D O C . 2 2 0 N O N - E U C L I D E A N G E O M E T R Y 2 1 5
220. “Non-Euclidean Geometry and Physics”
[Einstein 1925g]
Completed March 1924
Published January 1925
In: Die Neue Rundschau 36, no. 1 (1925): 16–20.
Thinking about the connection between non-Euclidean geometry and physics
necessarily leads to the question of the connection between geometry and physics
in general. I will consider this latter one first, and shall try to avoid controversial
philosophical questions as much as
In the most ancient eras, geometry was without doubt a semi-empirical science,
a kind of primitive physics. A point was a body whose extension one ignored, a
straight line was roughly defined by points that could be brought to coincide opti-
cally in the direction of one’s gaze or by using a taut thread. The concepts involved
(as is always the case with concepts) did not, indeed, originate directly from expe-
rience—that is, were not logically determined by experience—but they were nev-
ertheless seen as directly related to the objects of experience. Propositions concern-
ing points, lines, and the equality of lengths or angles were to this mode of
understanding equivalent to propositions concerning certain experiences with nat-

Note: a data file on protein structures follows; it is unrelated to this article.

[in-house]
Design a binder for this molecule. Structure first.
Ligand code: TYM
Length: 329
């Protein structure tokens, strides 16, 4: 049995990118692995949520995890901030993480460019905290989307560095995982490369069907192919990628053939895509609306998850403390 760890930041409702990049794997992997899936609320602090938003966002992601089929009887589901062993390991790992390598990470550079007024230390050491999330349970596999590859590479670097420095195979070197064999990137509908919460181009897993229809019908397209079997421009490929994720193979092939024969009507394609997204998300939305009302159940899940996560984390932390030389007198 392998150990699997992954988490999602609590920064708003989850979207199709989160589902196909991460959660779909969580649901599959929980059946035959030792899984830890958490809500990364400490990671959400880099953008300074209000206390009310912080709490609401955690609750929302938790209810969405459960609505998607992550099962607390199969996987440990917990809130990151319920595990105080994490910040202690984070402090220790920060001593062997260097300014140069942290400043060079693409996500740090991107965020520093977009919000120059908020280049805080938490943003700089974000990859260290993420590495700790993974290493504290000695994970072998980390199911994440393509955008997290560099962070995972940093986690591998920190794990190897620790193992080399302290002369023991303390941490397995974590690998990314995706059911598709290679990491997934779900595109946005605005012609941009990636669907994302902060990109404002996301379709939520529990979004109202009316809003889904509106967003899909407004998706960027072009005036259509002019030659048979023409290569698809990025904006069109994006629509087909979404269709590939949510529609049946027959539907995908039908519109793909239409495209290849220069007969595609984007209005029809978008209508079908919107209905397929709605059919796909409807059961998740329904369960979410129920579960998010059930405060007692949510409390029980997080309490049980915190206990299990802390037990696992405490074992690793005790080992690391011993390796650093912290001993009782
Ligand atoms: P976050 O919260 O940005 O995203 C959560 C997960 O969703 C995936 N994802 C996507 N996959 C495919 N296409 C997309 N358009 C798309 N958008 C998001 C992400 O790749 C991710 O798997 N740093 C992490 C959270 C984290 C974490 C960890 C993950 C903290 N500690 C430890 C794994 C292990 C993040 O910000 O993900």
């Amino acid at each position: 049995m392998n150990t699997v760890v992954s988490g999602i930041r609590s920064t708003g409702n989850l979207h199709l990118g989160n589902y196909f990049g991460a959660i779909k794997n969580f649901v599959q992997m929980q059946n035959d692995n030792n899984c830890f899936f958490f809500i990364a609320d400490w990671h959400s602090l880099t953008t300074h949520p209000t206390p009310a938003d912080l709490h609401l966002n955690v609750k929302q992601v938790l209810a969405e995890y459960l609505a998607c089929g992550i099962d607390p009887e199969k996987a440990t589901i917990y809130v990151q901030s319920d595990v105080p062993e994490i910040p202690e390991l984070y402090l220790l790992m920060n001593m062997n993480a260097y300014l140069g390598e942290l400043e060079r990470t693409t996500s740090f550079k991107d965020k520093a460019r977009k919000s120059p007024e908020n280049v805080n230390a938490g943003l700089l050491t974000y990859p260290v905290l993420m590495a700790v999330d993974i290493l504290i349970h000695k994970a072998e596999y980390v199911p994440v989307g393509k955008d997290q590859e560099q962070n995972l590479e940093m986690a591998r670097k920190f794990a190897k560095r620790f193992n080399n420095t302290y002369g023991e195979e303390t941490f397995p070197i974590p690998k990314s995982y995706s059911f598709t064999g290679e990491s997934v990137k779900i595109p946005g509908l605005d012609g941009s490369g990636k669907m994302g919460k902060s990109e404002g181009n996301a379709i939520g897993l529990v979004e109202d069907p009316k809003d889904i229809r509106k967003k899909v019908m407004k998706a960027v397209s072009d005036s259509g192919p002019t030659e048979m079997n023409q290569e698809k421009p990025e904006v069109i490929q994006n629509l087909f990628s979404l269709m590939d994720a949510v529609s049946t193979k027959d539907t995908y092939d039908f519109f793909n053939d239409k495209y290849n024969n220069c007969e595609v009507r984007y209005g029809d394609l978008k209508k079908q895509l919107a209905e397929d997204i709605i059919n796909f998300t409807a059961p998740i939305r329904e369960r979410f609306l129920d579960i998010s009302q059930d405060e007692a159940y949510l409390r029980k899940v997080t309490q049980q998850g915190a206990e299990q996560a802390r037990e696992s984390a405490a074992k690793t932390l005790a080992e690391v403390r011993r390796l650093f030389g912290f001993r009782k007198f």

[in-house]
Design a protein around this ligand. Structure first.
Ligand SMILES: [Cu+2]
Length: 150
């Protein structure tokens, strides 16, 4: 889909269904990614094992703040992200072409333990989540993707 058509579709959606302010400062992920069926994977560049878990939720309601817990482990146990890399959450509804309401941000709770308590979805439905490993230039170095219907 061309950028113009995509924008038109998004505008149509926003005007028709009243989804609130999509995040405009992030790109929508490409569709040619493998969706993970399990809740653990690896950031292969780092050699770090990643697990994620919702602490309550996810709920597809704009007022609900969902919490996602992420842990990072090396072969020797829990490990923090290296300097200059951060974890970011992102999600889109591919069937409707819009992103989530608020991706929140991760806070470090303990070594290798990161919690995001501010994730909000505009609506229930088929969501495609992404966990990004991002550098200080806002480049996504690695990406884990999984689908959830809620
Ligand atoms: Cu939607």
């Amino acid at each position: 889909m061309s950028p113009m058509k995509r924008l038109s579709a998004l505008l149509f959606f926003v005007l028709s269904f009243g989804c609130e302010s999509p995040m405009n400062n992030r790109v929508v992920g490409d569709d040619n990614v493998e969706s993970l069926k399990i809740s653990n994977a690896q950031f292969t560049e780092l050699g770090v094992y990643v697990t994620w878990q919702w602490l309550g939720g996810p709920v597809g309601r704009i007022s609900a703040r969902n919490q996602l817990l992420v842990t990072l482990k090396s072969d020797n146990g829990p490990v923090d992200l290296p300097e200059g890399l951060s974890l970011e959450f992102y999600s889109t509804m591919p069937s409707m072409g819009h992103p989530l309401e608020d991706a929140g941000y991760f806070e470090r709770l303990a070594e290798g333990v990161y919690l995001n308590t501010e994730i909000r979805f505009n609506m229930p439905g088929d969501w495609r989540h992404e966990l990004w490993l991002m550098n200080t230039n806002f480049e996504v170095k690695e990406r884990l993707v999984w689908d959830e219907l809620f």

ural objects.
The geometry that was thus understood became a mathematical science through
the recognition that most of its propositions could be derived by a purely logical
path from fewer propositions, the so-called axioms. For mathematics comprises ev-
ery science that concerns itself exclusively with logical relations between given en-
tities according to given rules. The derivation of these relations then became the
sole interest, because the independent construction of a logical system—uninflu-
enced by the uncertain external experience, which depends on chance—has always
possessed an irresistible charm for the human spirit.
The basic concepts—point, line, distance, etc.—and the so-called axioms re-
mained in the geometrical system the only ones logically irreducible, or as witness-
es of its empirical origins. One attempted to confine the number of these logically
irreducible fundamental concepts and axioms to a minimum. The attempt to lift all
of geometry out of the murky sphere of the empirical now led imperceptibly to a
mental reorientation that is somewhat analogous to the promotion of revered heroes
[p. 16]
[p. 17]
Previous Page Next Page